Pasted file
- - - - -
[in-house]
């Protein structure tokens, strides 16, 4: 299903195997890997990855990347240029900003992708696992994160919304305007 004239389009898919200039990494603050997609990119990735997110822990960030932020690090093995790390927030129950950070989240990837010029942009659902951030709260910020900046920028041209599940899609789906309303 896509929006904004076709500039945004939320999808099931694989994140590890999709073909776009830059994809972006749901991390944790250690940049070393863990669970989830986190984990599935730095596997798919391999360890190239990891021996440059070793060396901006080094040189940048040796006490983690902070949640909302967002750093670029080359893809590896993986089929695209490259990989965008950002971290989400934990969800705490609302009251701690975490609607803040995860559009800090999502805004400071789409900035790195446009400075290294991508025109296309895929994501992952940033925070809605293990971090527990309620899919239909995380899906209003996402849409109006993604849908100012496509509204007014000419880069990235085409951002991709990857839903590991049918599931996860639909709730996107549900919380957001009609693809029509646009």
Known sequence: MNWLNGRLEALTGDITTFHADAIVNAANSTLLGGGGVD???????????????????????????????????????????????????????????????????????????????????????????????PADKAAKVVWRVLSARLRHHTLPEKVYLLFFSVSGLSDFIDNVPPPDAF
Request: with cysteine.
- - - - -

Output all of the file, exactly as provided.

[in-house]
């Protein structure tokens, strides 16, 4: 299903195997890997990855990347240029900003992708696992994160919304305007 004239389009898919200039990494603050997609990119990735997110822990960030932020690090093995790390927030129950950070989240990837010029942009659902951030709260910020900046920028041209599940899609789906309303 896509929006904004076709500039945004939320999808099931694989994140590890999709073909776009830059994809972006749901991390944790250690940049070393863990669970989830986190984990599935730095596997798919391999360890190239990891021996440059070793060396901006080094040189940048040796006490983690902070949640909302967002750093670029080359893809590896993986089929695209490259990989965008950002971290989400934990969800705490609302009251701690975490609607803040995860559009800090999502805004400071789409900035790195446009400075290294991508025109296309895929994501992952940033925070809605293990971090527990309620899919239909995380899906209003996402849409109006993604849908100012496509509204007014000419880069990235085409951002991709990857839903590991049918599931996860639909709730996107549900919380957001009609693809029509646009």
Known sequence: MNWLNGRLEALTGDITTFHADAIVNAANSTLLGGGGVD???????????????????????????????????????????????????????????????????????????????????????????????PADKAAKVVWRVLSARLRHHTLPEKVYLLFFSVSGLSDFIDNVPPPDAF
Request: with cysteine.